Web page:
EA Not Buying Harmonix

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An interview with financial news source Bloomberg sheds light on just how dire EA's situation is following a rash of acquisitions. Here are the top three quotes from EA CEO John Riccitiello to Bloomberg.

1) "I'm sure some smart investor will buy [Harmonix] feeling that they can catch a falling knife, but more people have been cut trying to catch falling knives than have benefited from getting the timing exactly right."

What that means: EA's not looking to buy Harmonix.Why it's interesting: EA just doesn't have the money it used to and the music game craze may be on its way out. Sure, EA bought Facebook game maker Playfish for as much as $400 million and mobile game publisher Chillingo for $17 million just this year. But stocks aren't looking so hot for EA lately, and Bloomberg says overall that the stock is down 74 percent in the last three years. And as for music games, if even Guitar Hero publisher Activision is backing off on them, you know it's only a matter of time before the music stops.

2) "Zynga has a chance that 'FarmVille' will stand the test of time successfully, but it's far from clear to me that that's a certainty."

What that means: EA is maybe a little anxious about how much power Facebook has over social game life and death. Also, the company would rather have a franchise it can sell on every console and your dishwasher, not just on Facebook and iPhone.Why it's interesting: After all this time and all that money, big publishers still roll their eyes at FarmVille. Sure, it's more habit than game, but who can afford to turn a blind eye to all that potential? Certainly not EA.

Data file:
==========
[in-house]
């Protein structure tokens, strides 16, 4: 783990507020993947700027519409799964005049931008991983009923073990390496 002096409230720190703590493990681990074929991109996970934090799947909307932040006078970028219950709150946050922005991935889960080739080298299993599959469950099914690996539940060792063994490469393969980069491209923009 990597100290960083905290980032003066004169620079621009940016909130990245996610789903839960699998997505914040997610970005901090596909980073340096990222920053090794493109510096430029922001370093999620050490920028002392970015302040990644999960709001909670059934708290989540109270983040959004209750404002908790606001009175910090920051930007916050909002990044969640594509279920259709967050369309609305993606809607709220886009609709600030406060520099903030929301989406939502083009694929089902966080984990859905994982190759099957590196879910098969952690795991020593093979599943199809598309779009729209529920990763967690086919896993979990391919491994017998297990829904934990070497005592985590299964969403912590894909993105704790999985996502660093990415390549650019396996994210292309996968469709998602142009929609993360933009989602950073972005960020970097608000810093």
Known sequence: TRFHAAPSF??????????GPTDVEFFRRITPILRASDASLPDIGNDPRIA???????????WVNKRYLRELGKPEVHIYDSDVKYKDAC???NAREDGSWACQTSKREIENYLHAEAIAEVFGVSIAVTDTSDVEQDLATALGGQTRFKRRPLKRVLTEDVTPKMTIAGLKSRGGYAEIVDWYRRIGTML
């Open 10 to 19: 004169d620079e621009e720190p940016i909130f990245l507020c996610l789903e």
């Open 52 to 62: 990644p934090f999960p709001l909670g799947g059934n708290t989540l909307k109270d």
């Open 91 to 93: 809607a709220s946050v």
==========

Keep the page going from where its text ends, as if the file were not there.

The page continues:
3) "We're still out of favor. Moves that look like I'm doubling down on yesterday would make it harder still to convince investors that tomorrow is the Promised Land."

What that means: Seriously, EA's not going to buy Harmonix. Also, Riccitiello is anxious.Why it's interesting: It shows you just how worried Riccitiello is. Think about how hard this is for him: He came back to EA in 2007 to be CEO when the company was riding high* and then stocks just plummeted. Yes, he could blame the recession -- but the stockholders are more likely to blame him. We gamers have a habit of sneering at big business heads like Riccitiello, Activision's Bobby Kotick, and Nintendo of America's Reggie Fils-Aime -- but their jobs are no cake walk. Somehow, they have to turn bad situations like these around; and if they can't, they lose their jobs.

*Scroll down to the interactive chart and click 3Y in the upper right hand corner. Scary, huh?

Source: Electronic Arts Hunts Video-Game Bargain Bin for Acquisitions [Bloomberg]

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